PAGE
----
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Ubuntu

Open spec router SBC offers 5x GbE, wireless, and SATA

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Android
Linux
Debian
Ubuntu

Sinovoip’s “Banana Pi BPI-R2” router SBC gives you 5x GbE, WiFi, BT, 2GB RAM, 8GB eMMC, SATA, and mini-PCIe, plus a quad-core -A7 MediaTek MT7623N.

The Banana Pi BPI-R2 updates Sinovoip’s earlier BPi-R1 router board, later called the Banana Pi BPI-R1. No pricing or availability information was provided, but full specs and schematics are posted. Like the R1 and other Banana Pi SBCs such as the recent Banana Pi M2 Ultra, this is an open spec board supported by the Banana Pi community. The Banana Pi BPI-R2 runs Android 5.1, OpenWrt, Debian, Ubuntu Linux, including MATE, and Raspbian

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Ubuntu-Based Exton|OS Distro Now Ships with MATE 1.16 Desktop & Linux Kernel 4.9

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Ubuntu

Our dearest Arne Exton ended 2016 in big style with the release of a new build of his Ubuntu-based Exton|OS computer operating system running the latest MATE desktop environment and Linux 4.9 kernel.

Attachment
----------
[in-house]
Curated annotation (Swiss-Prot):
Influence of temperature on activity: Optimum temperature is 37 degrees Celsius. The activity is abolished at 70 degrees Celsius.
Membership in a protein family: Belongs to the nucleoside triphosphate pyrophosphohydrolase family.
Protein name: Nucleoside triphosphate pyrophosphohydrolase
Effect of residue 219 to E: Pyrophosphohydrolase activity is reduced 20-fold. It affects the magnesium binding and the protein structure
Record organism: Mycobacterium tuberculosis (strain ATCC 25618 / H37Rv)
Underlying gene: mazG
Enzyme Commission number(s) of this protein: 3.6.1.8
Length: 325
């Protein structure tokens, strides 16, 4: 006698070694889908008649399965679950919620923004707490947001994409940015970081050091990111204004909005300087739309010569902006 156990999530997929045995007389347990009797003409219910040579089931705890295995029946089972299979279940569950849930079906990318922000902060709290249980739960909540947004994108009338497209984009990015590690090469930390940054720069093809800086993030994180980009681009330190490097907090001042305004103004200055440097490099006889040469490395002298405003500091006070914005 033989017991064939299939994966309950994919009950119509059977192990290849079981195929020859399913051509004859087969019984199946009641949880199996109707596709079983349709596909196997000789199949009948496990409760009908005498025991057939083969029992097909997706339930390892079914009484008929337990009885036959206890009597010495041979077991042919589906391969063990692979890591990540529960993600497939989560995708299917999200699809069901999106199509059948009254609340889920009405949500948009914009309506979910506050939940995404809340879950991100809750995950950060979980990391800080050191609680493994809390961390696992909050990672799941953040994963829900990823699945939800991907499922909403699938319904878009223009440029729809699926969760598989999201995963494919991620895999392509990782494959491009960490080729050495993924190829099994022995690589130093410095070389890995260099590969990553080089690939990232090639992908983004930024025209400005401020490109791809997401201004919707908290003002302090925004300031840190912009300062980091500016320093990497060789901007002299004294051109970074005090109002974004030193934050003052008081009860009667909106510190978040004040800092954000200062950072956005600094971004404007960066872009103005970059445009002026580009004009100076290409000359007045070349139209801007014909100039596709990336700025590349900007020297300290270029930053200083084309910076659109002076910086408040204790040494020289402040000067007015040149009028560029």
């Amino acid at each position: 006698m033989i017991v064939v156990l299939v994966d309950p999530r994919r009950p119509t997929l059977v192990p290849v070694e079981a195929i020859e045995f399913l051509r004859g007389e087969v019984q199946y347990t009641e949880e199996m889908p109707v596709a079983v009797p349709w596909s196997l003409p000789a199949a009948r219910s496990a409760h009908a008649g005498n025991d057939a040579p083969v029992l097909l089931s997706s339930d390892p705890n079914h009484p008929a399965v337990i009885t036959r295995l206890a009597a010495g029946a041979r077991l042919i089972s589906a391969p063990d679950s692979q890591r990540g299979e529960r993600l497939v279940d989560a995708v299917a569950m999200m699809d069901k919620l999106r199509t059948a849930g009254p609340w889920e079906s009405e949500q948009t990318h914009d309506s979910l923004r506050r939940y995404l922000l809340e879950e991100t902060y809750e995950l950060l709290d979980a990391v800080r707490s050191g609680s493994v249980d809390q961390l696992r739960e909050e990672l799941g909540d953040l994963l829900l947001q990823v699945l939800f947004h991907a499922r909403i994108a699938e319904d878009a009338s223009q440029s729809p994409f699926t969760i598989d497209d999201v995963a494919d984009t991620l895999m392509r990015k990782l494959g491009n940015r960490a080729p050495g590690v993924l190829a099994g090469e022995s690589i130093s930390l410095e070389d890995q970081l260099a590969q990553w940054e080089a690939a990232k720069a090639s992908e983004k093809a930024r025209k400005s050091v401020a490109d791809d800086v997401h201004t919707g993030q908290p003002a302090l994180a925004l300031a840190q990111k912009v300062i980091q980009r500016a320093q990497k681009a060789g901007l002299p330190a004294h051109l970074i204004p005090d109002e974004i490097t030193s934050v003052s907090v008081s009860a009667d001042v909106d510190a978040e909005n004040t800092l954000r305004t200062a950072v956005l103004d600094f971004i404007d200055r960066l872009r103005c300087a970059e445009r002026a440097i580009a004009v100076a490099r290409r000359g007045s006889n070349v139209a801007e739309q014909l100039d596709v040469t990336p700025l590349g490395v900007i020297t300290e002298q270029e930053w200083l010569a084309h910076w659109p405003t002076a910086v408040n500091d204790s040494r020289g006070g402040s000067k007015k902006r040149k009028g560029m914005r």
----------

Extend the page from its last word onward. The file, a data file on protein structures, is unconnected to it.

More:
Exton|OS Build 161231 launched on December 31, 2016, based on the stable Ubuntu 16.10 (Yakkety Yak) operating system and MATE 1.16 desktop environment. However, the most exciting thing about the new release is the implementation of a custom and fully patched Linux kernel 4.9.0-11-exton build.

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What Are The Differences Between Ubuntu Official Flavors?

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Ubuntu

For most new users, the fact that there are more than 8 official "editions" of one Ubuntu operating system is hard to understand. It's particularly similar with Microsoft having some editions for Windows XP, and the users would ask "what are the differences?". This article mentions the differences of nine Ubuntu official "editions" (called flavors) based on the desktop interface, specific purpose, and LTS duration. This article also provides more information such as Wikipedia entries and other important resources to make it simpler to understand. I write this article in January 2017 and the number of flavors can be increased or decreased later.

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Ubuntu 17.04 Skips First Alpha for Opt-In Flavors, GCC 6.3.0 Hits the Repository

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Ubuntu

You should know that we're always monitoring the development cycle of every new Ubuntu Linux release, as well as that Ubuntu 17.04 is open for development as of October 20, 2016, when the toolchain got uploaded.

Daily build images were published a few days later after that date and were initially based on the Ubuntu 16.10 (Yakkety Yak) repository, but as Canonical's engineers never rest, they manage to bring all the latest Open Source software applications and GNU/Linux technologies to Ubuntu 17.04 (Zesty Zapus).